Rolling out a background screening requirement as part of your Contractor Compliance Program is only successful if it is understood, transparent, effective, and adhered to. Recent news has again highlighted the challenges that can arise when background screening programs are too complex, misrepresented, or rely on an “honor system,” versus independent validation, to demonstrate compliance. Further, if your organization is asked by the media, an attorney, or even an individual being screened about your program, you better be sure you have answers at the ready. The past 15 years of working with thousands of contractor servicing companies has taught us a few things that we would like to share.
If those responsible for the program cannot explain or verify the program’s effectiveness, the ensuing reputational, operational, and litigation risks can be insurmountable. Compounding this confusion and lack of knowledge is the detrimental impact such an issue can have on consumer confidence for your organization. There is a definitive expectation by consumers that when they engage with a known organization – retailer, manufacturer or servicing company – they will be safe. This extends from the known entity, through to all their contracted partners.
Offering complicated packages or searches that will not meet the needs of the contract help no one. Not only are there federal and state laws that govern the clear disclosure to the individual being screened of what and why searches are being done, but also companies can’t just claim screenings are being done. Companies need to be able to provide definitive proof that background screenings have been done.
When setting up a background screening program, a Customer will establish the key searches and requirements that must be met, such as:
Understanding the benefits of the different services, what information they do or do not contain, and their proper definitions are an important part of establishing a successful compliance program. A formal compliance program should be structured to ensure the required screenings are conducted and individuals are screened to the correct requirements. To read more about our screening components, check out our article Anatomy of a Background Check.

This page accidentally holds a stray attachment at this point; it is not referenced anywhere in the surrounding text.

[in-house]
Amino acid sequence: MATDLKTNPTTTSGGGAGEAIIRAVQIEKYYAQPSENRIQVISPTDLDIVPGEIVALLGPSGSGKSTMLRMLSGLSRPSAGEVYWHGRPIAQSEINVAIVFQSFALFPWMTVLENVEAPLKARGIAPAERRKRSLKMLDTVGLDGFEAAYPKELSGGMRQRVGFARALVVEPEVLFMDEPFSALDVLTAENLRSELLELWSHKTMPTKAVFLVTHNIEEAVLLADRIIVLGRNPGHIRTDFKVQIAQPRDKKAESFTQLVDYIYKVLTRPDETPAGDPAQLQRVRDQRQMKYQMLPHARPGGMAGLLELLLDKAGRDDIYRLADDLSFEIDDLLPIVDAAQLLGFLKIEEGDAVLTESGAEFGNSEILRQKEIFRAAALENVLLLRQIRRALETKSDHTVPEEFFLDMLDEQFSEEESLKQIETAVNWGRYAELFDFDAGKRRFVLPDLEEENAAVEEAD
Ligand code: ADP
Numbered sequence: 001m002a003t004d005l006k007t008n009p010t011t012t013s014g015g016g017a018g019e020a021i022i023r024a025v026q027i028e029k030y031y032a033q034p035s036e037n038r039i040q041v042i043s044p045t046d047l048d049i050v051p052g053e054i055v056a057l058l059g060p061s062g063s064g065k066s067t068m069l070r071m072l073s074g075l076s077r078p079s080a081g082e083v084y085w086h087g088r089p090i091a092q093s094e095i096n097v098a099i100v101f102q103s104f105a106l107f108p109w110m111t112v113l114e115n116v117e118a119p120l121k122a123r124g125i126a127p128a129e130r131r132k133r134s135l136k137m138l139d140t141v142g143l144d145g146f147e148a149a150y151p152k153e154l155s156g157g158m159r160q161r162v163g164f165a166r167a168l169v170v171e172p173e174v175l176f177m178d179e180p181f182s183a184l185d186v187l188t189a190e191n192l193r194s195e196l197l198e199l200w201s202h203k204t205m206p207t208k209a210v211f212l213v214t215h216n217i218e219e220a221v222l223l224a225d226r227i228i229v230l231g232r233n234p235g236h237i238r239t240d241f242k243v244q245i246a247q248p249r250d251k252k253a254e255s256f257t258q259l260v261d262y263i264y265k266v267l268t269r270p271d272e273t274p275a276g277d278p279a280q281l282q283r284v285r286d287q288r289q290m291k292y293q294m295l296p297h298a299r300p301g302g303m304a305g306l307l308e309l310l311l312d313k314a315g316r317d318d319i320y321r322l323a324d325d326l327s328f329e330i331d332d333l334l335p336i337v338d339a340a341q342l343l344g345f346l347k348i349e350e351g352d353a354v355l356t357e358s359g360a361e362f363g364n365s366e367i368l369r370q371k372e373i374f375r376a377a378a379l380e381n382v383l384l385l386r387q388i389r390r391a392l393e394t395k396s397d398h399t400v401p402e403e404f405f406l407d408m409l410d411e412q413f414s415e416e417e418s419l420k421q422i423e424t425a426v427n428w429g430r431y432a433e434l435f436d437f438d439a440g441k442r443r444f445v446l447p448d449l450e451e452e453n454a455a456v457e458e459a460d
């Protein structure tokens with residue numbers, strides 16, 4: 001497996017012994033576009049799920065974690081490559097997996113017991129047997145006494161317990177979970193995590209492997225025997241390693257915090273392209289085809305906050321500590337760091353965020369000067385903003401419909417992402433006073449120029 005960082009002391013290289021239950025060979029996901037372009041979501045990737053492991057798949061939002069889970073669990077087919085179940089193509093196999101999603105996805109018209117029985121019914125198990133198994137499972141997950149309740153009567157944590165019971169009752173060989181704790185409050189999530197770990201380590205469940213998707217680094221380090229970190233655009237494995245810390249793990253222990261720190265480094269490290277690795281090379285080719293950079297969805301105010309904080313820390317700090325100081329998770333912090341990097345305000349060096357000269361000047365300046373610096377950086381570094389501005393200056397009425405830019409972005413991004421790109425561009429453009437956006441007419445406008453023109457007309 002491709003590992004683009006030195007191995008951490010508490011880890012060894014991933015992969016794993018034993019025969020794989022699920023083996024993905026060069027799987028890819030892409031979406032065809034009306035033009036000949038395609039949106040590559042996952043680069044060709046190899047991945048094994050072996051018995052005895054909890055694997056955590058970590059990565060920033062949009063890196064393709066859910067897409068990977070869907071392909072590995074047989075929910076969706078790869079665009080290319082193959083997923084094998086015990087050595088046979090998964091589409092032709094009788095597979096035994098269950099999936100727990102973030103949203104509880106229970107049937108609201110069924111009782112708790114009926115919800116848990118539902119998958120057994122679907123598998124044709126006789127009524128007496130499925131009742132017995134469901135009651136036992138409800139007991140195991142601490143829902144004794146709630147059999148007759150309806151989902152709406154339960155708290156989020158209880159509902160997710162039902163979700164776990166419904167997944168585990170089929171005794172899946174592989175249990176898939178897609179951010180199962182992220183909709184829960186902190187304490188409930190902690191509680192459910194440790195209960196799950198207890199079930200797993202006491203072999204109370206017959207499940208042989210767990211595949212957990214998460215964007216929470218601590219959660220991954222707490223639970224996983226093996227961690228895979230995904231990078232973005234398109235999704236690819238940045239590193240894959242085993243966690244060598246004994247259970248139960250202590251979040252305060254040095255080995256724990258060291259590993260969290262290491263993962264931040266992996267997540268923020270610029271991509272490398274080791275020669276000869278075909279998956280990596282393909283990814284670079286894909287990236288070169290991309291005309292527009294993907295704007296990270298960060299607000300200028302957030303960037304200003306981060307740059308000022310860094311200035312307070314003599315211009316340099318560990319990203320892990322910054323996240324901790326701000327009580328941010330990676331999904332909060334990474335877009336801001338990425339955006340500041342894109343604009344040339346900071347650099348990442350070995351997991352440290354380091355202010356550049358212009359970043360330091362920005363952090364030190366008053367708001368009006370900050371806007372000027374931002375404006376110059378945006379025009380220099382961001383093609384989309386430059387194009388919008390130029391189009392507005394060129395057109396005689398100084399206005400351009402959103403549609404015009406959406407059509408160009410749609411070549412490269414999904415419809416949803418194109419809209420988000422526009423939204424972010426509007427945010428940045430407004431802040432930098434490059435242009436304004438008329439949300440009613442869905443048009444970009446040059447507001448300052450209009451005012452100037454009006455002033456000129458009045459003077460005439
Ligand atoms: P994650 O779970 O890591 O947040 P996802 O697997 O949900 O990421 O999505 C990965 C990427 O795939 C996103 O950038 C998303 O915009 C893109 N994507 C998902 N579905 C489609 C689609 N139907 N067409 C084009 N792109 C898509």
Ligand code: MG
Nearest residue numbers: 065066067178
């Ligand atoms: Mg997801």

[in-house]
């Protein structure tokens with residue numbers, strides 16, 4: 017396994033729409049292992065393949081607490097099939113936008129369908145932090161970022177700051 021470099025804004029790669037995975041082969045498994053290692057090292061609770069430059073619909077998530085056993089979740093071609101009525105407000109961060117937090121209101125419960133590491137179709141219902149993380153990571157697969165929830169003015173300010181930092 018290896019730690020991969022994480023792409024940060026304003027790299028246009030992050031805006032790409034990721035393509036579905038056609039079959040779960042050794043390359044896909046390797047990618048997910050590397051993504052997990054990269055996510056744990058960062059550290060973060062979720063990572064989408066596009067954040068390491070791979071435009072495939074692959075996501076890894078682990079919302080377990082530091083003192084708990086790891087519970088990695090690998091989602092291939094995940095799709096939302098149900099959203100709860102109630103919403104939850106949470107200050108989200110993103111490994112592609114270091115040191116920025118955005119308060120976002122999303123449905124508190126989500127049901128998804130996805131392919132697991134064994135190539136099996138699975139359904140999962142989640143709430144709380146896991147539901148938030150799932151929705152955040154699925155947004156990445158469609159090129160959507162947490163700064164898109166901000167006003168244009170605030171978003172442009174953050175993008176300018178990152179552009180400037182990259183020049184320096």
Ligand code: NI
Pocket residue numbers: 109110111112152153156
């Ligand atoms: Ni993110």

Clear communications at the outset of the Compliance Program to ensure compliance, and then proactive notices to ensure continued compliance according to the needed rescreen schedule are two valuable ways to strengthen your program.
To simply say “all our techs are background checked” leaves a lot to the imagination. The average individual isn’t likely to know the different types of background searches , so it is incumbent on the company claiming to do background screens to be clear, descriptive, and open about how they define background screening.
About 90 percent of homeowners assume in-home service providers passed a background check, according to a survey conducted by Mindspot Research. While the general expectation is that consumers expect anyone coming into their home to have been background screened, hanging your hat on that assumption is not an acceptable approach for any company. Clear and readily available descriptions of exactly which background checks are conducted on a service network are the best approach to guard against misrepresentation or misunderstanding when it comes to background screening. Understanding the role the individual will hold and whether they will be in consumer homes and unsupervised will also impact the nature and type of background screening.
The correct consumer reporting agency partner should provide transparency to all players in the contracting lifecycle – the Customer, the contracting company, the individual, and even the consumer – to see the status of a screening. The nature of the searches being conducted, as well as what is required and what is optional, is clearly outlined for the individuals being screened so they are aware of what will be done and can relay that information to anyone who may ask. Working with service networks on the rescreen schedule to ensure screenings are redone at the appropriate timeframe and there is no lapse in coverage should be a joint effort between your organization and any partner you engage with. Any partner should also provide sufficient written materials and support to help you explain your program, answer questions about the searches you do, and remain responsive to any queries.
Know your program, follow your program, and enforce your program – that is the best way to have a successful Compliance Program.
Contents are provided for information purposes only and should not be construed as legal advice. Users are reminded to seek legal counsel concerning their obligations and use of PlusOne Solutions services.
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If you have any questions about screening compliance, we are always happy to help. Contact us for answers at firstname.lastname@example.org.